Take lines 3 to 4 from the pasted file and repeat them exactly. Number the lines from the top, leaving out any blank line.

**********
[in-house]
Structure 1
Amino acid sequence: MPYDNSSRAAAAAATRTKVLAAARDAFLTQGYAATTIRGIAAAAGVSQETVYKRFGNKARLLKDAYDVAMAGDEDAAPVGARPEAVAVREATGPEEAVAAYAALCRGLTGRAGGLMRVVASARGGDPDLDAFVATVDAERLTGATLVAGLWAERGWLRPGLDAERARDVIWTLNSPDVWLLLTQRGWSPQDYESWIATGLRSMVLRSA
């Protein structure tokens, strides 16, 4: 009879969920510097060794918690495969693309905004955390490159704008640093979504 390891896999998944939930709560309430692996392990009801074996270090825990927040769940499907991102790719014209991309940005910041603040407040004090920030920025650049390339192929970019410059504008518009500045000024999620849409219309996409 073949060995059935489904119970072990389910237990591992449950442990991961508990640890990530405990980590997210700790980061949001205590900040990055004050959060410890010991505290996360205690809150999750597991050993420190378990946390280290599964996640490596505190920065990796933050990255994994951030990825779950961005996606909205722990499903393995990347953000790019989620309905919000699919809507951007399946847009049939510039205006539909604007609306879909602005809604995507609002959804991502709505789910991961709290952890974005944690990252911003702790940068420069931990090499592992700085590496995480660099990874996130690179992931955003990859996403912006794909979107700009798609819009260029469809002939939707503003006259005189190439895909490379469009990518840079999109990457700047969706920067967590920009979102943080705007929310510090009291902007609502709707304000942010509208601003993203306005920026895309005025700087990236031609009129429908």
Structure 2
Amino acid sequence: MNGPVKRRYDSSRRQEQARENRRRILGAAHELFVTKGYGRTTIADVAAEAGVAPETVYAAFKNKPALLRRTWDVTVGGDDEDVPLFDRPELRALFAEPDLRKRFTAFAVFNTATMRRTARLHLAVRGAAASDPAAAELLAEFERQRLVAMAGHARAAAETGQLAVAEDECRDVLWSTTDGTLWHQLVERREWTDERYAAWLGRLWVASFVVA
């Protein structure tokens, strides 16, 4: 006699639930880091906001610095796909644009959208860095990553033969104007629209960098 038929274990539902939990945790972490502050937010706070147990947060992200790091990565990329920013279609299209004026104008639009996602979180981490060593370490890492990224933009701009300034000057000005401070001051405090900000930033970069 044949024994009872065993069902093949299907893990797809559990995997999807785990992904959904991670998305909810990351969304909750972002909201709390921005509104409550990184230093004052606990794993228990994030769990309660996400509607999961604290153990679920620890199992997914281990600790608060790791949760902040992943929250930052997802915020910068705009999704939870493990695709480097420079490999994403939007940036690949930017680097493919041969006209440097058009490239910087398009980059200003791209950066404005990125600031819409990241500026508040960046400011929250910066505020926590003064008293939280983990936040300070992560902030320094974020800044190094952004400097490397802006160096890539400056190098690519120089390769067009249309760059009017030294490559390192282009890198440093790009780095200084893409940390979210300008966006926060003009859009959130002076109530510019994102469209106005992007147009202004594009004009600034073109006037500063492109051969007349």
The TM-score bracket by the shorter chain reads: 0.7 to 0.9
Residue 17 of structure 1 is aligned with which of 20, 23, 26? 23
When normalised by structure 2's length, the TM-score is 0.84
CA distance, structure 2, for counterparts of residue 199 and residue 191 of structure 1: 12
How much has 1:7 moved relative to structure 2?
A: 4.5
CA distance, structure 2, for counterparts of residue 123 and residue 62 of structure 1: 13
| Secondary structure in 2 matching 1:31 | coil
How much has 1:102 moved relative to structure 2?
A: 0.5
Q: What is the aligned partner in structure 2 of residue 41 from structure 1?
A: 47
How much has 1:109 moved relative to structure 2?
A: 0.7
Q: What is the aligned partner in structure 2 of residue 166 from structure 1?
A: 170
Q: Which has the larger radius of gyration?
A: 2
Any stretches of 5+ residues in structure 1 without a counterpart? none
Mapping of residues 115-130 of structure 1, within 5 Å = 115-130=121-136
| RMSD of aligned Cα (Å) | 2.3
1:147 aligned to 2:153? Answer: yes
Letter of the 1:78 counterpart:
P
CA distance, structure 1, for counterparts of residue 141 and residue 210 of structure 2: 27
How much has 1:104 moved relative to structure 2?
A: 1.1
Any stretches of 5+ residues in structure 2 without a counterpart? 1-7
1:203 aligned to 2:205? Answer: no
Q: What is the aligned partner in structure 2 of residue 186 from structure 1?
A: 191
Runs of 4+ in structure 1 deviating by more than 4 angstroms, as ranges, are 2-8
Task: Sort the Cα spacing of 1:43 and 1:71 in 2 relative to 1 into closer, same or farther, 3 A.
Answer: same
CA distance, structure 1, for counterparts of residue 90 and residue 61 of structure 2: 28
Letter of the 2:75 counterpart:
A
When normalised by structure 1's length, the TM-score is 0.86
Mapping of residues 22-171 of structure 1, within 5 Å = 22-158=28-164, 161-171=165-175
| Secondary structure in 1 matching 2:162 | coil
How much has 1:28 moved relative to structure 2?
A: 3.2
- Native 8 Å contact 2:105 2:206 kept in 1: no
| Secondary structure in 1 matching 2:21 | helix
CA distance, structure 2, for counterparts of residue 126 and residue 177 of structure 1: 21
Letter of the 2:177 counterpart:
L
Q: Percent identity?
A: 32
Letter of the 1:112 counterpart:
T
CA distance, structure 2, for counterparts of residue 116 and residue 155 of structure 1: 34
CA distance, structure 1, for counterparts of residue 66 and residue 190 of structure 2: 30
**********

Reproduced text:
Amino acid sequence: MPYDNSSRAAAAAATRTKVLAAARDAFLTQGYAATTIRGIAAAAGVSQETVYKRFGNKARLLKDAYDVAMAGDEDAAPVGARPEAVAVREATGPEEAVAAYAALCRGLTGRAGGLMRVVASARGGDPDLDAFVATVDAERLTGATLVAGLWAERGWLRPGLDAERARDVIWTLNSPDVWLLLTQRGWSPQDYESWIATGLRSMVLRSA
């Protein structure tokens, strides 16, 4: 009879969920510097060794918690495969693309905004955390490159704008640093979504 390891896999998944939930709560309430692996392990009801074996270090825990927040769940499907991102790719014209991309940005910041603040407040004090920030920025650049390339192929970019410059504008518009500045000024999620849409219309996409 073949060995059935489904119970072990389910237990591992449950442990991961508990640890990530405990980590997210700790980061949001205590900040990055004050959060410890010991505290996360205690809150999750597991050993420190378990946390280290599964996640490596505190920065990796933050990255994994951030990825779950961005996606909205722990499903393995990347953000790019989620309905919000699919809507951007399946847009049939510039205006539909604007609306879909602005809604995507609002959804991502709505789910991961709290952890974005944690990252911003702790940068420069931990090499592992700085590496995480660099990874996130690179992931955003990859996403912006794909979107700009798609819009260029469809002939939707503003006259005189190439895909490379469009990518840079999109990457700047969706920067967590920009979102943080705007929310510090009291902007609502709707304000942010509208601003993203306005920026895309005025700087990236031609009129429908």